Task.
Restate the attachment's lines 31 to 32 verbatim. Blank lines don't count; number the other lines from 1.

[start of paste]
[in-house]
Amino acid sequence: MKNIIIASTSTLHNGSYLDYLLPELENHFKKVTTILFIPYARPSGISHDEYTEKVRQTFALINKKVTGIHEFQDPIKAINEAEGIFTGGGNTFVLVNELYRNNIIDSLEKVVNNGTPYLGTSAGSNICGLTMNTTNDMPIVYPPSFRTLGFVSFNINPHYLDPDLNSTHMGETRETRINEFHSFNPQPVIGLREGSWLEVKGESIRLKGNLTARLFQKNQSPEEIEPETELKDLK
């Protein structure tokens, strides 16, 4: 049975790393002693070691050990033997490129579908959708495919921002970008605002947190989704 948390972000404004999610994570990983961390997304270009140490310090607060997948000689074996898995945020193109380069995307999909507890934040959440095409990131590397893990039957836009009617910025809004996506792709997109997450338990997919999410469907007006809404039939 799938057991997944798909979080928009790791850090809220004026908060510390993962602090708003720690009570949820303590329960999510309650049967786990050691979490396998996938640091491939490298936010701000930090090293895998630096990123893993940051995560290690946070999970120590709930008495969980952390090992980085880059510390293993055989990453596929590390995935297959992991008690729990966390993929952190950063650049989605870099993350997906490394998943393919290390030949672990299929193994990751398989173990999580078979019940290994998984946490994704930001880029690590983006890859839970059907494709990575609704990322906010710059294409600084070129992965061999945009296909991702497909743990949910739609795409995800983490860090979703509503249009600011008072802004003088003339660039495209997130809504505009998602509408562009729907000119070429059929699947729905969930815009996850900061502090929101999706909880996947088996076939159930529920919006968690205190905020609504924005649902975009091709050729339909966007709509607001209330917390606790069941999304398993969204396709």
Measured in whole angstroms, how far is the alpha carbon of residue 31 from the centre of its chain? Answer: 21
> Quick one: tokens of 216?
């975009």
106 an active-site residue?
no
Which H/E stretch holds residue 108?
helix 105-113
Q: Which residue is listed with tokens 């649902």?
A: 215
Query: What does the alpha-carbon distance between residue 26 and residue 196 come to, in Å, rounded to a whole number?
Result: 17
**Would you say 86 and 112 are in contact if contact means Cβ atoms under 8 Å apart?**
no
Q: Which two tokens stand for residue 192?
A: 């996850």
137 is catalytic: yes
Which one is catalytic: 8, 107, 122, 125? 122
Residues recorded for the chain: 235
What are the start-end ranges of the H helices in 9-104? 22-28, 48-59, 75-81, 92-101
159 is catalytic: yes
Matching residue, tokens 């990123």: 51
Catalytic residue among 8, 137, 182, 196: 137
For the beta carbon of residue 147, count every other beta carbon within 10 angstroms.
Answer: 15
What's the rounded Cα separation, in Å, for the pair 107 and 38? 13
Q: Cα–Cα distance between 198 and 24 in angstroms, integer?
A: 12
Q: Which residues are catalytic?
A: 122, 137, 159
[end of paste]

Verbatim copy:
Q: Which residues are catalytic?
A: 122, 137, 159